Speaker: Philipp Schnabl is an Associate Professor of Finance at New York University. More »
Abstract: We propose and test a new channel for the transmission of monetary policy. We show that when the Fed funds rate increases, banks widen the interest spreads they charge on deposits, and deposits flow out of the banking system. We present a model in which imperfect competition among banks gives rise to these relationships. An increase in the nominal interest rate increases banks' market power, inducing them to increase deposit spreads and hence restrict deposit supply. Households respond to the increase in deposit prices by substituting from deposits into less liquid, but higher-yielding assets. Using branch-level data on the universe of U.S. banks, we show that following an increase in the Fed funds rate, deposit spreads increase by more, and supply falls more, in areas with less deposit competition. We control for changes in banks' lending opportunities by comparing branches of the same bank in the same state. We control for changes in macroeconomic conditions by showing that deposit spreads widen immediately after a rate change and even if this change is fully anticipated. Our results imply that monetary policy has a significant impact on how the financial system is funded, on the quantity of safe and liquid assets it produces, and on its provision of loans to the real economy.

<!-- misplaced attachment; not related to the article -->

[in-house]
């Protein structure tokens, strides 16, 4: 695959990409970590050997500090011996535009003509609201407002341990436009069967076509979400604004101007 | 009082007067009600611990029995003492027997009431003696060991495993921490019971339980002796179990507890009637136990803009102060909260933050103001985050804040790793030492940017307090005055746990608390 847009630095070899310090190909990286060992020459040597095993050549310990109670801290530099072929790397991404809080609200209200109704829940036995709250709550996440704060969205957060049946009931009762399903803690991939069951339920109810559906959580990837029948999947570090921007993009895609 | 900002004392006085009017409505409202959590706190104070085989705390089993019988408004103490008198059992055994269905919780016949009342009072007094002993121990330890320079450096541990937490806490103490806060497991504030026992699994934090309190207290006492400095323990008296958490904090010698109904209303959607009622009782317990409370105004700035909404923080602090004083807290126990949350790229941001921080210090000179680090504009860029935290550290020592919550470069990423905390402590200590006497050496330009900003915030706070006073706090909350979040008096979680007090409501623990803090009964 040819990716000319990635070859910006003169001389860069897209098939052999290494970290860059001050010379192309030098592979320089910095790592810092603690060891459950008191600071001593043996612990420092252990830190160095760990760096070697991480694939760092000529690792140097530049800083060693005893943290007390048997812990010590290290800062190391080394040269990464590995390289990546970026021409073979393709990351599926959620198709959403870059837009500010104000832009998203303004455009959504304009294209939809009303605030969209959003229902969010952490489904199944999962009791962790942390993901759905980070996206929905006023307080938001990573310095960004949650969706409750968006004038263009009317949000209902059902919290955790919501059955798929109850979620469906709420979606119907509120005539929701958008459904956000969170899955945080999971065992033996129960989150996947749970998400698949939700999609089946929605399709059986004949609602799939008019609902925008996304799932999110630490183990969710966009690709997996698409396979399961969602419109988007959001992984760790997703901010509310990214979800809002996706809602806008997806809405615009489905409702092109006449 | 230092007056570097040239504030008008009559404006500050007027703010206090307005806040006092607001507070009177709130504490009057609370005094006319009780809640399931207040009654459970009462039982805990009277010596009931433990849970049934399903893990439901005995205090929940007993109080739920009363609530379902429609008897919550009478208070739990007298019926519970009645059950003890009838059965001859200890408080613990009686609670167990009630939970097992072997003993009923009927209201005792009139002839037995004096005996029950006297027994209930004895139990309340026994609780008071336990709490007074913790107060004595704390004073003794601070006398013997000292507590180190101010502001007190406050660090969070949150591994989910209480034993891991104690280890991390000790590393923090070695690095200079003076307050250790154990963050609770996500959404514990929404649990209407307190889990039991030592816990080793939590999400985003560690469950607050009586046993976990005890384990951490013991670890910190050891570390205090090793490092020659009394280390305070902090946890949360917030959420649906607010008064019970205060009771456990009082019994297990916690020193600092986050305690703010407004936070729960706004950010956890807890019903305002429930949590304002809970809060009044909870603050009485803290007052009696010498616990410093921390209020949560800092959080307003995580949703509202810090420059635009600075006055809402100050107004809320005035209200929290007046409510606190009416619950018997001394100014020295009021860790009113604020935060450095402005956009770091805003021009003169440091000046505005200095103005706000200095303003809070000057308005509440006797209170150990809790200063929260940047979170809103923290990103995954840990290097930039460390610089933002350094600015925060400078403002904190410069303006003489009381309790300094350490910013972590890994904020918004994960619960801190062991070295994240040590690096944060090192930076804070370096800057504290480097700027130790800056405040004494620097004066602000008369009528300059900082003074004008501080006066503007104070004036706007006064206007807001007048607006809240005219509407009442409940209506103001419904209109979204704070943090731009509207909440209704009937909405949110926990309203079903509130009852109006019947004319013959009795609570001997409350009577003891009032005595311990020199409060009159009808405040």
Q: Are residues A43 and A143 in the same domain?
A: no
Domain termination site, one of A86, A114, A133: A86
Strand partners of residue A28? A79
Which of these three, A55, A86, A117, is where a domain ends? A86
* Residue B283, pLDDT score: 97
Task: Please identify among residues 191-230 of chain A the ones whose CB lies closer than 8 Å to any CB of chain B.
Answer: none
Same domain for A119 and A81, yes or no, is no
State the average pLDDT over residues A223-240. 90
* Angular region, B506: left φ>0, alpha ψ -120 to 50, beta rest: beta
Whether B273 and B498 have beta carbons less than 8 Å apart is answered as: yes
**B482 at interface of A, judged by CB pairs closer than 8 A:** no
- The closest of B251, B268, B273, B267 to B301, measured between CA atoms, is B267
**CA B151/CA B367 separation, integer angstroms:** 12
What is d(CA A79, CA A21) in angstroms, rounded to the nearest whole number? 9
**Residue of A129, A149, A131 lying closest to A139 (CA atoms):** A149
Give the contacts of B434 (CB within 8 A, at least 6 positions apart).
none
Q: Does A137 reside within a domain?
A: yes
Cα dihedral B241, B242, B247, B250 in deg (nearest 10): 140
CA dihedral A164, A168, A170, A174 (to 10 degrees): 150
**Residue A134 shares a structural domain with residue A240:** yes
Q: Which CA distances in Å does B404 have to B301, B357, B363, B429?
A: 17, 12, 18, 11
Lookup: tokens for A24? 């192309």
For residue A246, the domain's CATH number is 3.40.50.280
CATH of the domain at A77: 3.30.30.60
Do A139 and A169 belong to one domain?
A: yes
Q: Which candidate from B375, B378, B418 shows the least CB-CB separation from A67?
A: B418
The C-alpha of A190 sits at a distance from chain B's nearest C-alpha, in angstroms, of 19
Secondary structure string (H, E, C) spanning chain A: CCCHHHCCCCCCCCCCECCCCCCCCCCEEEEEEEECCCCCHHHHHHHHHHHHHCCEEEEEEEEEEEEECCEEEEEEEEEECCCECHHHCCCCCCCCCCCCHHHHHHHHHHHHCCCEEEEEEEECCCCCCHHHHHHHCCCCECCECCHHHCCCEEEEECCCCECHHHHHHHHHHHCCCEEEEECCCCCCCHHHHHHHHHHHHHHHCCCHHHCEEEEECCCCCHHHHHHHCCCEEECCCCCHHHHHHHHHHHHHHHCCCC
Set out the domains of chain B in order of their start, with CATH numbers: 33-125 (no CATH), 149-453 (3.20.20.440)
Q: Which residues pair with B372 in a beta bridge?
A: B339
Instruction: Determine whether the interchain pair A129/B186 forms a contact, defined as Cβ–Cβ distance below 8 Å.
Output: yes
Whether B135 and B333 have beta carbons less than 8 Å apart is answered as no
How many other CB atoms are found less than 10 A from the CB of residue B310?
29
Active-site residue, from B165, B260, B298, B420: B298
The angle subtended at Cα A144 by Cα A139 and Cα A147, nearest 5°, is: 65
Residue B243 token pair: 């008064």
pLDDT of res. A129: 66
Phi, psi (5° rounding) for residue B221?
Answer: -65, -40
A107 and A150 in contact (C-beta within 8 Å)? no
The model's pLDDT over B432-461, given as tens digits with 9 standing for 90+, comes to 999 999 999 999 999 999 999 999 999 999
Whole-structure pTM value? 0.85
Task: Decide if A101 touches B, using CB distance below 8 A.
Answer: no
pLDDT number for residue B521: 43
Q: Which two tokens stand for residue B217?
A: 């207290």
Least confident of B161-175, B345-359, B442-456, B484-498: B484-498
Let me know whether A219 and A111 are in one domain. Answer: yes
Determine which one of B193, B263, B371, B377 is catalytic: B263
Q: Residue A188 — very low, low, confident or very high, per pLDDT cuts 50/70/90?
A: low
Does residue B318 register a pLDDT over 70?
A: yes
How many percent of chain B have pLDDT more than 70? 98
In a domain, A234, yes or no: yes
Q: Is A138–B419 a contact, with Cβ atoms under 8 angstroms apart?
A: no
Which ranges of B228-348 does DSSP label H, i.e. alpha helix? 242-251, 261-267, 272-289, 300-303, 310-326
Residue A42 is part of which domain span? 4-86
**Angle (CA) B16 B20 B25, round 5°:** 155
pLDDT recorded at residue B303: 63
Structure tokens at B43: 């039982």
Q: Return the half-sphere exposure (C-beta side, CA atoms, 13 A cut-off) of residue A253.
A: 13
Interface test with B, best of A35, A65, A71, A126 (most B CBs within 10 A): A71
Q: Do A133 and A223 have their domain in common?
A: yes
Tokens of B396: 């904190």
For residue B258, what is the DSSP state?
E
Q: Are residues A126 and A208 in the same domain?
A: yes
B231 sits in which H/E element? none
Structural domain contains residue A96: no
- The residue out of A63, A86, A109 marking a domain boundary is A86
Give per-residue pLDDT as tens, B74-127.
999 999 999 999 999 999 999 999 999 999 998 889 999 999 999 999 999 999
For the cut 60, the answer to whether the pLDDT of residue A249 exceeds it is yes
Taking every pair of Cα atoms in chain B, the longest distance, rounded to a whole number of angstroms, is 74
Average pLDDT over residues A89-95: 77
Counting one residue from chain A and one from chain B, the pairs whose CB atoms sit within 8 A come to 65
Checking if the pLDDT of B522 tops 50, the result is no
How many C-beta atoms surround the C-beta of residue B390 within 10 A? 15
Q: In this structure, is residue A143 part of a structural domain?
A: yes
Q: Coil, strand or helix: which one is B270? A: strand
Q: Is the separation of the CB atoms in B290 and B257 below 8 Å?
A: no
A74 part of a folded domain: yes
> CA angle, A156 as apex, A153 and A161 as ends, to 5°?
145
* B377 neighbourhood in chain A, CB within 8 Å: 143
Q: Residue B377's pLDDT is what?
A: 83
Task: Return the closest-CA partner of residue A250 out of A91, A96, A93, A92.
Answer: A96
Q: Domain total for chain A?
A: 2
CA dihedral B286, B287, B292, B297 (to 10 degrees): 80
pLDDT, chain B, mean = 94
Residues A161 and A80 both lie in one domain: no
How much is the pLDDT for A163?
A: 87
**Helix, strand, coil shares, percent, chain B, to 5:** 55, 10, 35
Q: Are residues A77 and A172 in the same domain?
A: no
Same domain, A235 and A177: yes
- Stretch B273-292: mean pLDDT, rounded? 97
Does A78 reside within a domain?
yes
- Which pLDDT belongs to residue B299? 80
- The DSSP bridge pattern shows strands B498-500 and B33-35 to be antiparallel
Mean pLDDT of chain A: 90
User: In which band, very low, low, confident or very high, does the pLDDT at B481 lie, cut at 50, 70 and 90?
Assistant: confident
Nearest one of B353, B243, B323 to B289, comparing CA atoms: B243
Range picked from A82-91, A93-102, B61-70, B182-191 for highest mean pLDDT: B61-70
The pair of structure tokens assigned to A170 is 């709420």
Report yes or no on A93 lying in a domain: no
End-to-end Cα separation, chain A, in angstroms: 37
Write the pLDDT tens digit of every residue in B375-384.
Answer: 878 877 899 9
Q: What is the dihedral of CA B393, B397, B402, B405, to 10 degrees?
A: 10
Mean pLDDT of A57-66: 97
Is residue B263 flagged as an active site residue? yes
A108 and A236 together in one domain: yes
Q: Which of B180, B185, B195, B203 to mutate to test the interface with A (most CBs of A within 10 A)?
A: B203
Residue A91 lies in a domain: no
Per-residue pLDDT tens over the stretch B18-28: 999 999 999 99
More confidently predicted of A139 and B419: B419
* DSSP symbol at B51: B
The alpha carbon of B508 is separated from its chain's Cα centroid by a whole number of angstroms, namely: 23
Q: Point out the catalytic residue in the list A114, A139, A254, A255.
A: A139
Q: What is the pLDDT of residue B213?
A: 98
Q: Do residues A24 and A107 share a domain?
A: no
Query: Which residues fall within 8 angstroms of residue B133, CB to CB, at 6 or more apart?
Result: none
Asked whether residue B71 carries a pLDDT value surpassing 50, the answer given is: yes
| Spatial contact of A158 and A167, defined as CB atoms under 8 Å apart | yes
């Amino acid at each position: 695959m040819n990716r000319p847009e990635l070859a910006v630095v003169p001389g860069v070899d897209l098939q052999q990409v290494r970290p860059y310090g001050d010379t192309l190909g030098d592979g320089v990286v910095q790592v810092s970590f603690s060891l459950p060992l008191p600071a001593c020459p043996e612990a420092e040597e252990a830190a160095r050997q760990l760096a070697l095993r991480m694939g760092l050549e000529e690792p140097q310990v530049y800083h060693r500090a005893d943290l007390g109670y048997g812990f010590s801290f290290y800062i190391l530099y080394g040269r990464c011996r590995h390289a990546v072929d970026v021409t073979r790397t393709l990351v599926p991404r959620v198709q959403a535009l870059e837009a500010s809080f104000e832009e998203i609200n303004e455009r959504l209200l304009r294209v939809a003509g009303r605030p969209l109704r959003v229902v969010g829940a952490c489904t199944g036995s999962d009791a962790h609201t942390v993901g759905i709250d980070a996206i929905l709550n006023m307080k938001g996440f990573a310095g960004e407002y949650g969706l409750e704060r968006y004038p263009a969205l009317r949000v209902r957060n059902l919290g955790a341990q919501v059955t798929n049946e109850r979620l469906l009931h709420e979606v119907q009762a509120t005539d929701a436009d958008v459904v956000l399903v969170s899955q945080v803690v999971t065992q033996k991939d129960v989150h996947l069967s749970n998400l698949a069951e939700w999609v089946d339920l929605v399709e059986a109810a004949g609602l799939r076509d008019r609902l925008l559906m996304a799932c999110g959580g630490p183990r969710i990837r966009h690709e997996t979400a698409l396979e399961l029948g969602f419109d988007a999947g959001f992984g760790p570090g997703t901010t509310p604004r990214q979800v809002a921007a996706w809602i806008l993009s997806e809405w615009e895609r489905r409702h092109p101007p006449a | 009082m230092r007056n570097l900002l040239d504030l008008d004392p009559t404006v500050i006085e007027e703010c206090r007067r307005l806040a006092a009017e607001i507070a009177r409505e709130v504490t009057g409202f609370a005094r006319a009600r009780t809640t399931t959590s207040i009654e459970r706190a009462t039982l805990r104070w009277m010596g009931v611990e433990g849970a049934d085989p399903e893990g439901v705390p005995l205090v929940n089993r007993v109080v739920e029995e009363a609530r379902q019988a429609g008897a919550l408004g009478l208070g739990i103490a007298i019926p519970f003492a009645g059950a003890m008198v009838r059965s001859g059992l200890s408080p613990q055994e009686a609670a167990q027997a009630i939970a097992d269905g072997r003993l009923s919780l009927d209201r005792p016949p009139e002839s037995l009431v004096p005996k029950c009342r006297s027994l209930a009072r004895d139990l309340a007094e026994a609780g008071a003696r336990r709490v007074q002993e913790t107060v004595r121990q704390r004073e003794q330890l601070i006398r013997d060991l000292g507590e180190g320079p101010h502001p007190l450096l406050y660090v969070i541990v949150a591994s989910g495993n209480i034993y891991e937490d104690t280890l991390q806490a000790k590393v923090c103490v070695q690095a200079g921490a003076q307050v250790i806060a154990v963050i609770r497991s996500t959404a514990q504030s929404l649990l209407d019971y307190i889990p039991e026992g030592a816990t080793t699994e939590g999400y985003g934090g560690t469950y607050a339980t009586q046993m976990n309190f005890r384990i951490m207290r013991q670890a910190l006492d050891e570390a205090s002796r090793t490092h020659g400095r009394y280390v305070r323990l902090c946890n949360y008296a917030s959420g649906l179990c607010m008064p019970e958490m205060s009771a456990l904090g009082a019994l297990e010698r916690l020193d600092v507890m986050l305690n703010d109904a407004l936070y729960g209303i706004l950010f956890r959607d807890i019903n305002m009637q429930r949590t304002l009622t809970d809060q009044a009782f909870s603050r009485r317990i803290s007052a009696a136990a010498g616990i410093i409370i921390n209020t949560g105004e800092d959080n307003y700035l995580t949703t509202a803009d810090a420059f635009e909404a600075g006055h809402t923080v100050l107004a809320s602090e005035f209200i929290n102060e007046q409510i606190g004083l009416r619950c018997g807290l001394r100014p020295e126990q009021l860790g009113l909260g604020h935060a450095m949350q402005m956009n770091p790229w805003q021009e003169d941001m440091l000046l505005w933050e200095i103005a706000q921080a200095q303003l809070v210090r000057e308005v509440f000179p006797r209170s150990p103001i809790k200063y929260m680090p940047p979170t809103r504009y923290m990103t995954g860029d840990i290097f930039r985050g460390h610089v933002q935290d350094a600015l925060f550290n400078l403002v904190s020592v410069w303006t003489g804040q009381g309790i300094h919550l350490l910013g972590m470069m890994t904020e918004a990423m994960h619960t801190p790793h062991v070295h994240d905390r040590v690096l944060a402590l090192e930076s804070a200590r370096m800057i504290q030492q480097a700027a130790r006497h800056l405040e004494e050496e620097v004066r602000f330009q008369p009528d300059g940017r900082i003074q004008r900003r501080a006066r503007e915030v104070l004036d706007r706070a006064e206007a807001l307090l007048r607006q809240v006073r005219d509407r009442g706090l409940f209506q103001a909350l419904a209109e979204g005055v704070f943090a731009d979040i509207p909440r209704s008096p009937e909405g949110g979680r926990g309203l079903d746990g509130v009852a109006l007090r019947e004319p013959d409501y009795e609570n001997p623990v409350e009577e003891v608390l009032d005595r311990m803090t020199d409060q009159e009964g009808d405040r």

*This is a joint event with IMF.
Last Updated: Nov 30, 2015